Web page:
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Hi all.  Took a pottery hiatus for a long while. Now I am back and  pulling together an approach that might actually work for me. Instead of pursuing gas firing co-ops that are across town or even out of town, I plan to use Standard 257 porcelain and  stains in my electric kiln. 

So that gets me to  2 questions. I tried mason stains ..... 40 in all last week.   All were great except the reds. They were pink.  Beautiful pinks but certainly not red.  (zinc and calcium were not an issue here) Can anyone suggest an actual red underglaze  cone 9-10?    Fire engine red?  What about inclusion stains? Anyone tried this and found success? Coyote has one they say is smashing at cone 10.  Anyone tried it?

Next question is interesting as I do not have a strong glaze formulation background. I want a cone 9 transparent  clear satin mat or  satin glaze.  I have found many low fire and cone 6 but not in a 9 or a 10. I tried Glazy and then digital fire.  I suddenly had a pounding headache and needed some Pete's coffee.  Followed by a cookie. This does not bode well.

I actually have one in an old book by Emmanuel Cooper.  But realizing it might not work at all I am looking for one someone has used and found  successful.

Please do holler at me if you  have any ideas or suggestions

Thanks so much

 

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I don't have a satin clear recipe, but if you're going to be using underglazes and clear glaze, there's no good reason to fire to cone 10. You'll have far fewer problems with your underglazes, and your kiln and elements will last a lot longer if you work at cone 6. And your electric bill will be lower. Standard 365 cone 6 porcelain is every bit as good and white and translucent as the 257. There are lots of good red underglazes that work at cone 6.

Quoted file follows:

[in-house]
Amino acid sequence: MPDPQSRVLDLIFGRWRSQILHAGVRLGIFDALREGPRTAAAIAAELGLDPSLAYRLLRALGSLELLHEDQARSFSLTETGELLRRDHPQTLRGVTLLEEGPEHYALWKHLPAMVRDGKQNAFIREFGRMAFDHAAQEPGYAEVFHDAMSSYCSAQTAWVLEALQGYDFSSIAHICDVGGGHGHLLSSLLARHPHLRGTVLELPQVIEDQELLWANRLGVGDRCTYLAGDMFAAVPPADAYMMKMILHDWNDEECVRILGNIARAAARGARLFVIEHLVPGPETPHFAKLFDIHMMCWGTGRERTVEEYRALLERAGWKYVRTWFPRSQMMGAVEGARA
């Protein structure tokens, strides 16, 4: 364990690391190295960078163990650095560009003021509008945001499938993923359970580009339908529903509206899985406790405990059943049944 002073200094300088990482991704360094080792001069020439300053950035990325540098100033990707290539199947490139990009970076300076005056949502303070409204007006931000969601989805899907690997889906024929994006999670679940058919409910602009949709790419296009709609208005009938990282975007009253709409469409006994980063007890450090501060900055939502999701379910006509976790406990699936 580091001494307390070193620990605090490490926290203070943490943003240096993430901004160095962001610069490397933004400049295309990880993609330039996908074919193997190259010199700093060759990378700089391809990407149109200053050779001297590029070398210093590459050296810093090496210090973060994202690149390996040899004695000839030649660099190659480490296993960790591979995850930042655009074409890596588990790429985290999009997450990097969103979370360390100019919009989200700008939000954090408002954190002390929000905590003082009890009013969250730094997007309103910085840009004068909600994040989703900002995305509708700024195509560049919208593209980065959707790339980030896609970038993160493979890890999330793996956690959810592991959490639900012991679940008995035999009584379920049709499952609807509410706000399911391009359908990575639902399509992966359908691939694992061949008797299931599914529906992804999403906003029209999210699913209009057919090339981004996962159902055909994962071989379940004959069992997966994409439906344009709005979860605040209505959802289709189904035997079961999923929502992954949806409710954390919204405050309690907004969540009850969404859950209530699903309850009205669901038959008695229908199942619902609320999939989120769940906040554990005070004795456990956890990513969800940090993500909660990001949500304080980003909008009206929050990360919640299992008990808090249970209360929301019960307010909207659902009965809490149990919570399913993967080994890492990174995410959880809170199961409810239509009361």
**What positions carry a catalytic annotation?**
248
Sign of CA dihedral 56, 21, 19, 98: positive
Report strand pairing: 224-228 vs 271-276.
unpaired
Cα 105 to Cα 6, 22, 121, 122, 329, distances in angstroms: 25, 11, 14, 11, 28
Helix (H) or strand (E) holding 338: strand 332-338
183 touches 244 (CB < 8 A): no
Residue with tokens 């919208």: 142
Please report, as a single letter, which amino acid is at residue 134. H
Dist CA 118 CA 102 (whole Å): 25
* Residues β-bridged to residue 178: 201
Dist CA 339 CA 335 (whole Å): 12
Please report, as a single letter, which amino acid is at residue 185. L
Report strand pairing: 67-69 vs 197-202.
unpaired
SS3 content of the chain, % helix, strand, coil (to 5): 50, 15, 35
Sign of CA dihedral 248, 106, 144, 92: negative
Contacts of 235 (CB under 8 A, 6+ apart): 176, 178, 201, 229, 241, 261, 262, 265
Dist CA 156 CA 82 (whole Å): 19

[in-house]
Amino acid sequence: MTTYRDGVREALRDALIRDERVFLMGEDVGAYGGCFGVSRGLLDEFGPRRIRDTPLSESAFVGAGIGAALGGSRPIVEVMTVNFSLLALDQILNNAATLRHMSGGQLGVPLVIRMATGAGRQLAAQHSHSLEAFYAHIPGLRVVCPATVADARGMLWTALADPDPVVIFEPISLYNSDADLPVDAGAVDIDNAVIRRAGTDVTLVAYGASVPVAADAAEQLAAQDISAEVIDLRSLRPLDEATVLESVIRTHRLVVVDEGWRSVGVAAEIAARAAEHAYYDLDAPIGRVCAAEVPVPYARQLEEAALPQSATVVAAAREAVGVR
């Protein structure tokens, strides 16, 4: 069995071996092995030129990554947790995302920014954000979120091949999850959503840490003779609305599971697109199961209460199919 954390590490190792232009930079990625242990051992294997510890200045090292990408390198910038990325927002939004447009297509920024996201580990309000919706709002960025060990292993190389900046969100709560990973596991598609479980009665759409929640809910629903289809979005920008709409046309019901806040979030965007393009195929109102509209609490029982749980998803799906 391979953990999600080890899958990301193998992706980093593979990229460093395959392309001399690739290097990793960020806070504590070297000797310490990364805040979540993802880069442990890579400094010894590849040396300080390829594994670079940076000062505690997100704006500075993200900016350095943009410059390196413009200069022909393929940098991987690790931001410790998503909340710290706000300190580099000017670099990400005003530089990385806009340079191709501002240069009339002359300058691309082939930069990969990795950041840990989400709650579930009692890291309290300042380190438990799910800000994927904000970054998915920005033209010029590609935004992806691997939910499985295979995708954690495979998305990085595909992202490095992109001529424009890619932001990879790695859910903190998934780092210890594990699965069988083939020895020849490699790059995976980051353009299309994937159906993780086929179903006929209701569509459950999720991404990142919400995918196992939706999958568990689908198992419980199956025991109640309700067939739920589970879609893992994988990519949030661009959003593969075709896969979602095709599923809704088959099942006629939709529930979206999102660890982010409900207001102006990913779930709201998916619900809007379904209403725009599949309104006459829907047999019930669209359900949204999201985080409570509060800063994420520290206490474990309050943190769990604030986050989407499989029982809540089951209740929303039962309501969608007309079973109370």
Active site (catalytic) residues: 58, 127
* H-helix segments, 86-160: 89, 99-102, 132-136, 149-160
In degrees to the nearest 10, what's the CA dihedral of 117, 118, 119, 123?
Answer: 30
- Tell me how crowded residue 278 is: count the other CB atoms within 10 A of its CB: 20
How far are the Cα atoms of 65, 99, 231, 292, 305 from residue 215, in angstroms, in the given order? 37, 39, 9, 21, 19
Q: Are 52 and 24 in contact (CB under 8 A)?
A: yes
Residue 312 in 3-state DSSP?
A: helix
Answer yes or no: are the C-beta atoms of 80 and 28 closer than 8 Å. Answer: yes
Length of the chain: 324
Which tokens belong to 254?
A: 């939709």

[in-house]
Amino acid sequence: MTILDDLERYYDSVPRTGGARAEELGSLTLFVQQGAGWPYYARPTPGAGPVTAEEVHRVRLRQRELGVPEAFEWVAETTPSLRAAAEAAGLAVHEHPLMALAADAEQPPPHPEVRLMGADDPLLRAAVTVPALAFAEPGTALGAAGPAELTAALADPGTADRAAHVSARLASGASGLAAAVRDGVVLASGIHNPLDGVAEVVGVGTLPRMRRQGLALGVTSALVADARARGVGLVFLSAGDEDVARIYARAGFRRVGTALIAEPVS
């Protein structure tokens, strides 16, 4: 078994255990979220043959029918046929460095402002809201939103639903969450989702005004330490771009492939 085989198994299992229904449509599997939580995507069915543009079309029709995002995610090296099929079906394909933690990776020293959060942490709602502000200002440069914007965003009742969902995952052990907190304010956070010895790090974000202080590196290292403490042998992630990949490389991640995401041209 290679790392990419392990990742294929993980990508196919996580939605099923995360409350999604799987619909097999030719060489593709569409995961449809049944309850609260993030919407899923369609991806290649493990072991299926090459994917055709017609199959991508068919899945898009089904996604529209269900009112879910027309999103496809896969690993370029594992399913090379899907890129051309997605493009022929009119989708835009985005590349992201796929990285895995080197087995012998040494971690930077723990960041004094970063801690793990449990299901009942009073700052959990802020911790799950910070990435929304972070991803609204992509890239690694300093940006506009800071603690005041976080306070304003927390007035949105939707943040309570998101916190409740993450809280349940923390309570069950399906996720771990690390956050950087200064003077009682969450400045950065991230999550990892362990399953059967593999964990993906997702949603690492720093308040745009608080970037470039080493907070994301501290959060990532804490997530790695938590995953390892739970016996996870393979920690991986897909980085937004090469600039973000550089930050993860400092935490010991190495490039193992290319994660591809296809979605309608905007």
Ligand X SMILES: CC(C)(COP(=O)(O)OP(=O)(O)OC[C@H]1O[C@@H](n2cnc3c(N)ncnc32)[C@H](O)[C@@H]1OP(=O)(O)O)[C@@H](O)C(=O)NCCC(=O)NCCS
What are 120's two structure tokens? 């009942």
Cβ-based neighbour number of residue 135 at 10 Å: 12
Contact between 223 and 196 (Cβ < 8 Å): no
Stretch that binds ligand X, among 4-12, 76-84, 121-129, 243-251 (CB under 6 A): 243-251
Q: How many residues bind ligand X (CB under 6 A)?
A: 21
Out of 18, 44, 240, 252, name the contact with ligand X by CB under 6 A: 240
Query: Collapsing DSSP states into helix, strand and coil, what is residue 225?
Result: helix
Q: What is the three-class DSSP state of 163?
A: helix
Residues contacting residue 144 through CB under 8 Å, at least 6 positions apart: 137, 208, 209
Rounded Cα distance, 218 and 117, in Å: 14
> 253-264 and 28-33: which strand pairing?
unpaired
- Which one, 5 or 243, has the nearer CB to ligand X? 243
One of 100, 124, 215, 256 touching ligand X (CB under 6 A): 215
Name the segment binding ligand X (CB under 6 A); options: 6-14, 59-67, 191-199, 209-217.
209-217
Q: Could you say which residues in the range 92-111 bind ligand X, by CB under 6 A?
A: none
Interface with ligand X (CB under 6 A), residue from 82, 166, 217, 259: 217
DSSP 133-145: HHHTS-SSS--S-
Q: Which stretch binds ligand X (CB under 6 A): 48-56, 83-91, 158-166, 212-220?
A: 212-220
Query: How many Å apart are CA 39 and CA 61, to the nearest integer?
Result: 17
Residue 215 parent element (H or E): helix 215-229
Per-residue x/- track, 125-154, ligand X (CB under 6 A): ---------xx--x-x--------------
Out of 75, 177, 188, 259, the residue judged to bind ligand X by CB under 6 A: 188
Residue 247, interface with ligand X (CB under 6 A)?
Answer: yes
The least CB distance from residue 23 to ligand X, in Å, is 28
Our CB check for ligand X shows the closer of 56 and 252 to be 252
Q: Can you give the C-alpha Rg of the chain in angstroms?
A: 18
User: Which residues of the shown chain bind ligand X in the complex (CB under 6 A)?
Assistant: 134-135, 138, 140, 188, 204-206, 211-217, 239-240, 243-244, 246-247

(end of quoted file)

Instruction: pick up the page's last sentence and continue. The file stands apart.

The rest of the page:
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Hi Mudpuddle and welcome.

Like Neil  I"m also asking why cone 10 if you are firing electric? 

There are recipes out there for transparent satin matte glazes but they are an oxymoron. If a glaze is fully melted and mature it can’t be both transparent and matte. Mature matte glazes get their matte-ness from a microcrystalline structure in the glaze that scatters the light hitting it. If it is matte then it can’t be transparent at the same time. Many mattes are simply under fired gloss glazes. If you are doing nonfunctional pots this isn’t an issue but for functional ones the glaze needs to be both balanced and fired to maturity.

Spectrum Christmas Red is very red, I've taken it to a hot cone 7 and it's remained true. Haven't used it at cone 10.

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In the school studio (currently firing cone 10 reduction) we use  a commercial concoction called "Hot Tamale" as a red underglaze.  It has worked fine in Raku and in cone 10 reduction.  To my knowledge, it plays well with our glaze suite which includes clear, celadons, Vegas red, etc.   I have used it as an accent over shinos and several other glazes without technical problems. It is certainly a significantly more reliable red than any copper red we have used.